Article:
THE BLOG
03/14/2013 07:34 am ET Updated May 14, 2013

Movie Review: The Incredible Burt Wonderstone

Let's see if we can go through this entire review without making any puns or other kind of wordplay about magic as we discuss The Incredible Burt Wonderstone. Seek elsewhere if you require jokes about the vanishing laughs and mystifying mediocrity of this film.

The two big Steves -- by which I mean Carell and Buscemi -- play childhood friends, nerds and magic-loving geeks whose response to bullying as children was to grow up to become the biggest magic act on the Las Vegas Strip.

But after headlining for 15 years with the same act -- as magical friends Burt Wonderstone and Anton Marvelton, in what looks like Siegfried & Roy's hand-me-downs -- they're ripe for toppling. That happens when a new magician in town, Steve Gray (Jim Carrey), starts stealing their audience. He's in the David Blaine/Criss Angel mode, part street magician, part endurance-stunt performer, with his own cable show of his act, "Brain Rape."

Doug Munny (James Gandolfini), the owner of Bally's where Burt and Anton headline, pressures them to update their act to compete with Gray. But their attempt at an endurance stunt fails, and Burt is left to entertain at Wal-Mart and a retirement home for entertainers. There, he encounters his childhood idol, an elderly magician named Rance Holloway (Alan Arkin). Can Rance remind Burt of the real magic he felt as a young performer, mastering a trick and mystifying an audience for the first time?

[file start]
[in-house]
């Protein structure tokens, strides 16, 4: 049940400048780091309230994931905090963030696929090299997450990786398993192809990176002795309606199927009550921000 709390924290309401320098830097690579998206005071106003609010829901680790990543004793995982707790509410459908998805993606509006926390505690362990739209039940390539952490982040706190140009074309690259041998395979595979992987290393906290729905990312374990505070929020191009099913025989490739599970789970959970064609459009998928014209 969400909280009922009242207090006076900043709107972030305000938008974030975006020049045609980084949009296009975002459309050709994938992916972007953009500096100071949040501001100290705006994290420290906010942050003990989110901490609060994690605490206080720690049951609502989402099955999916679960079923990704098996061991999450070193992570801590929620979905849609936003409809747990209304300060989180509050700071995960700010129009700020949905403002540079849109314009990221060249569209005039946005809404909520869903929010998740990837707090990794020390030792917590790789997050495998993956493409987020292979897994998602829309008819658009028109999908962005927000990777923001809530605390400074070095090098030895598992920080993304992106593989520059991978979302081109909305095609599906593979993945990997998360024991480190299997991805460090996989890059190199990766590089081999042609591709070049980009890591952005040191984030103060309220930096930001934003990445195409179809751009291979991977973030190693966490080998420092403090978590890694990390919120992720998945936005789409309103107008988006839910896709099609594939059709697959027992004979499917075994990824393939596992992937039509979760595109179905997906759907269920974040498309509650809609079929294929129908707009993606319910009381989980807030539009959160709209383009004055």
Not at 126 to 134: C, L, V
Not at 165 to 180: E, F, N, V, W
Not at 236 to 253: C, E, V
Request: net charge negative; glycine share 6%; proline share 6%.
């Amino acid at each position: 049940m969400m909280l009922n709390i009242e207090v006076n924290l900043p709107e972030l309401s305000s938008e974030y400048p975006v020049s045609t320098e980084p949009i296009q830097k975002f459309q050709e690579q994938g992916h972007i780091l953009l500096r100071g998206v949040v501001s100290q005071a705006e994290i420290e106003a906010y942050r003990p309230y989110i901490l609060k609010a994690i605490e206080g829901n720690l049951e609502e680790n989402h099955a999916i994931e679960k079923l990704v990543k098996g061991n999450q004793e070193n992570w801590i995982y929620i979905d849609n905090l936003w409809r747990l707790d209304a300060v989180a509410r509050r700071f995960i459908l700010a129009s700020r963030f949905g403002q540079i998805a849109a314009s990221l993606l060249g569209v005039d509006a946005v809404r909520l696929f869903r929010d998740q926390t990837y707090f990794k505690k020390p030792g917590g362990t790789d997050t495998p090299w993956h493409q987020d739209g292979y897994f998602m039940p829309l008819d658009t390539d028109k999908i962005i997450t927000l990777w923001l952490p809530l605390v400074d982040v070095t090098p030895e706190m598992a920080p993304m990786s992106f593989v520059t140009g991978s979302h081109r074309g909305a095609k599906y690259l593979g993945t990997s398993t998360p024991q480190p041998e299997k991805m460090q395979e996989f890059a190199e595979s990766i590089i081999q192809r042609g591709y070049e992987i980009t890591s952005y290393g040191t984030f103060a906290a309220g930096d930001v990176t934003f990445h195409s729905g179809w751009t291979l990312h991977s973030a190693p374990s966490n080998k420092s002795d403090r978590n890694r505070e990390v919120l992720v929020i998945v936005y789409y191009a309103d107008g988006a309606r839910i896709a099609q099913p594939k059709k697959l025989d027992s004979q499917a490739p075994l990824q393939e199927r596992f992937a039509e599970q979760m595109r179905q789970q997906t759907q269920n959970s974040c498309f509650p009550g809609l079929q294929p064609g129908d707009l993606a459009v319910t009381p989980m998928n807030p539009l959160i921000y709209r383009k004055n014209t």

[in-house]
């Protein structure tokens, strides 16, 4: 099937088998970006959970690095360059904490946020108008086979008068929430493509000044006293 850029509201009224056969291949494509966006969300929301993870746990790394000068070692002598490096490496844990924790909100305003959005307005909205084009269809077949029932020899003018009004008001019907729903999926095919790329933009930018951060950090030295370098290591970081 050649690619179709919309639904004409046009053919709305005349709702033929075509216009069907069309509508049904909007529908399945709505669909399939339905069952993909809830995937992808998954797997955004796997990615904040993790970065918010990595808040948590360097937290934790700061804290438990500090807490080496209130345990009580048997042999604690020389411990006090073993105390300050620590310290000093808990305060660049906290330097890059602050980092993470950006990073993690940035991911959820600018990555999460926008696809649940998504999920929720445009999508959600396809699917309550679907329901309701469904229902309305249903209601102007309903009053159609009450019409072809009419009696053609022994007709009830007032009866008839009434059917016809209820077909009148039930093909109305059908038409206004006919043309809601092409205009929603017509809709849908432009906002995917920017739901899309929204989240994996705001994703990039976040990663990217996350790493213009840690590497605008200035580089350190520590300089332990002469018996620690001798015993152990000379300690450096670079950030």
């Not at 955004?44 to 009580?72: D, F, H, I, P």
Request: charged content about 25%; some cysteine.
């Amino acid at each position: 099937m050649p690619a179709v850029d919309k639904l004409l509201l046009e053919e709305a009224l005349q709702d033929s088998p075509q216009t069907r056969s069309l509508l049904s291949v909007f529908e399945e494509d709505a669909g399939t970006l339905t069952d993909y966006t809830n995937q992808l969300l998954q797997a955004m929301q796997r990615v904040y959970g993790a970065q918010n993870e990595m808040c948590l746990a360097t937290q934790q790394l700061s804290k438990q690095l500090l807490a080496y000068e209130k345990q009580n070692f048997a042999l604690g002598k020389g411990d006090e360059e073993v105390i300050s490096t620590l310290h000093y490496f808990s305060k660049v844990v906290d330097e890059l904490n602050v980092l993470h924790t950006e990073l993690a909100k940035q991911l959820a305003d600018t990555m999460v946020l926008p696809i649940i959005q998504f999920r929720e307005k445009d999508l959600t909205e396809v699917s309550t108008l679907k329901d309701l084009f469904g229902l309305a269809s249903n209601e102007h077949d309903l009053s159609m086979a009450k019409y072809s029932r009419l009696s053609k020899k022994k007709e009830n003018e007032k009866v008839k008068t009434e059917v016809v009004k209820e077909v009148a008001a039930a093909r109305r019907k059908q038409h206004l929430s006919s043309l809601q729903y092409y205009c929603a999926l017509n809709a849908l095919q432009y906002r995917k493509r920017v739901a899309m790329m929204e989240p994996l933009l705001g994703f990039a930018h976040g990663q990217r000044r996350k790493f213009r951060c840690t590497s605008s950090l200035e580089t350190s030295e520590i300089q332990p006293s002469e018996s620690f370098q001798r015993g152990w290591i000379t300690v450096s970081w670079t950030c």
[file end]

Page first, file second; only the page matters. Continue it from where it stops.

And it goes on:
Well, what do you think? The outcome is hardly surprising. The only real shock about this film is how timid the comedy is.

Carell finds all the humor in Burt's haughty, self-involved view of the world, and Carrey is right in his gonzo zone as the guy who attempts to spend his night sleeping on a bed of hot coals, but their best moments are few and far between. Buscemi brings a surprising sweetness to the hapless Anton, while Olivia Wilde, as their assistant with magical aspirations of her own, is simply a place-holder, a construct instead of a character. Arkin, however, makes every moment count, finding laughs that aren't written.

The script by a committee of writers feels like a dim copy of every "follow your dream" tale you've ever seen. As well as every film about someone who achieved that dream - and then lost it -- and then found it again.

There's nothing particularly smart or fun about this film. It can be silly but rarely in an inspired way. And with a cast this well-stocked with comedy talent, and direction by Don Scardino (an Emmy nominee for 30 Rock), you'd think just a few more laughs would not feel like such an impossible reach.

The Incredible Burt Wonderstone is a movie for 8-year-olds who haven't seen a lot of movies and provide fresh eyes for its tired gags. Anyone older will see every punchline coming long before it arrives.

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